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The global PC market has chalked up its eighth consecutive quarter of shipment declines in the third quarter of 2016, making the current slump in sales the longest since records began, said Gartner.
The three months to September saw year-on-year shipments drop by 5.7%, with a total of 68.9m devices sold, in the wake of ever-lengthening device refresh cycles and softening demand for machines in emerging markets.
Mikako Kitagawa, principal analyst at Gartner, said with so many devices at their disposal these days, PC upgrades and refreshes are no longer a top priority for consumers.
“According to our 2016 personal technology survey, the majority of consumers own and use at least three different types of devices in mature markets,” she said.
“Among these devices, the PC is not a high priority device for the majority of consumers, so they do not feel the need to upgrade their PCs as often as they used to. Some may never decide to upgrade to a PC again.”
In years gone by, third quarter was traditionally a relatively buoyant period for PC manufacturers, with shipments boosted by back-to-school marketing campaigns and users looking to refresh devices ahead of the fourth quarter holiday season.
According to Kitagawa, that is no longer the case, particularly in the US and other developed markets.
“Traditionally, the third quarter has been driven by back-to-school PC sales, but back-to-school marketing campaigns have become less effective for driving PC sales,” she said.
“With so many PCs already in the consumer market, US consumers do not feel the need to buy new PCs; many parents hand down old PCs to their kids.”
In the wake of the UK’s vote to leave the European Union in June 2016, market watchers repeatedly warned users of the risk of tech price hikes as a direct result of the pound losing value against the dollar in the months that follow.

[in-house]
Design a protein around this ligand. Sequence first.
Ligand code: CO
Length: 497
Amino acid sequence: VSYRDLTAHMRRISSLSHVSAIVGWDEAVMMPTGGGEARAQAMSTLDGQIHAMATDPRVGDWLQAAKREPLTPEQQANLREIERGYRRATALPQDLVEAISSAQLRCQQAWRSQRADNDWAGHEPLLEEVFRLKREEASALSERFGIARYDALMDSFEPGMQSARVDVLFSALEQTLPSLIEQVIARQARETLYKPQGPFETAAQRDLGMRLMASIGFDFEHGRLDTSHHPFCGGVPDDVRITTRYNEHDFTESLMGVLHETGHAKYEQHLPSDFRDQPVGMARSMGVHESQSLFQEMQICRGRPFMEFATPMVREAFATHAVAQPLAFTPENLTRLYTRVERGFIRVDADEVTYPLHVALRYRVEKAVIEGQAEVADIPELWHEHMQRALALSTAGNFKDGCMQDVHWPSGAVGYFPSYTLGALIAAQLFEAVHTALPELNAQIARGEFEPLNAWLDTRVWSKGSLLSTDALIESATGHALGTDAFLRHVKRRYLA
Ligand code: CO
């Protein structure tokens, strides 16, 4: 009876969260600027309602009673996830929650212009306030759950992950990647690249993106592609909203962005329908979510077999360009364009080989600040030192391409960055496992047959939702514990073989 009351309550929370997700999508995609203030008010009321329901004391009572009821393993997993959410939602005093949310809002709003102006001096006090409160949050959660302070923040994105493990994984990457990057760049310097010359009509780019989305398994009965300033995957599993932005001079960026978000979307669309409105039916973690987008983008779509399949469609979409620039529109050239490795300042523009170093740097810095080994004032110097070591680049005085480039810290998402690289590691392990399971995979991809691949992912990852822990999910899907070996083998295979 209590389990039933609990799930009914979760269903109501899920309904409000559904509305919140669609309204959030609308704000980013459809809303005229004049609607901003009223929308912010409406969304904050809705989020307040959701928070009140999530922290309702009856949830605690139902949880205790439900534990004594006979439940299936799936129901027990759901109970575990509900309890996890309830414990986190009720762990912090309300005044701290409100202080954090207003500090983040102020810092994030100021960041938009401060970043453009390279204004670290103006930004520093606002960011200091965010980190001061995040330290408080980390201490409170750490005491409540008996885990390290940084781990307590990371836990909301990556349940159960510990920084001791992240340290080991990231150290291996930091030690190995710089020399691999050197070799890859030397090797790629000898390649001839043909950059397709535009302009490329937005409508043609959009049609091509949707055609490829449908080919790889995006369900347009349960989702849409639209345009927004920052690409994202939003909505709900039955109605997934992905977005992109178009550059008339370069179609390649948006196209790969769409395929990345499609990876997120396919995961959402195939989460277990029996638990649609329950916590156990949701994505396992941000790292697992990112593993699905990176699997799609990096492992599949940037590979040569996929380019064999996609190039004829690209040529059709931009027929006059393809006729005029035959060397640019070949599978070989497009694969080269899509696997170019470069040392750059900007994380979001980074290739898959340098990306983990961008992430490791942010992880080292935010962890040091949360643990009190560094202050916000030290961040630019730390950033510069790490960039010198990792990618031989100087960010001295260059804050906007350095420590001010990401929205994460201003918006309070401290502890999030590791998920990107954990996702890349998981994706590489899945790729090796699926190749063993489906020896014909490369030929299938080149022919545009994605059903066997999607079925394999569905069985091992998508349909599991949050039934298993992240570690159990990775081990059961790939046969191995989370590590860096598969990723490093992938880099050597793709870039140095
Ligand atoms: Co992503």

The early signs suggest the Brexit vote has had little impact on PC shipments so far, with Isabelle Durand, principal research analyst at Gartner, suggesting the situation may have contributed to a slight uptick in sales during third quarter.
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“UK buyers increased their orders for PCs this quarter in anticipation of the holiday season, and to get ahead of price rises expected due to a weak sterling,” said Durand.
In Western Europe, more generally, demand for PC units was higher in third quarter than the previous quarter, while every major country in Eastern Europe and Eurasia reported unit volume drops.
These trends contributed to the Europe, Middle East and Africa (Emea) region experiencing a 3.3% decline in shipments, with 19.2m units shifted during third quarter.
“The decline in Emea PC sales is linked to weak PC demand in the Eastern Europe, Eurasia and Middle East and Africa regions,” said Durand.
“The Middle East and North African PC market declined for the seventh consecutive quarter due to increasing security concerns and political instability.”
From a supplier perspective, Lenovo retained its position as the leader of the worldwide PC market, despite chalking up its sixth consecutive quarter of year-on-year decline shipment declines. Meanwhile, its nearest competitors, HP Inc and Dell, have both seen their shipments rise since second quarter.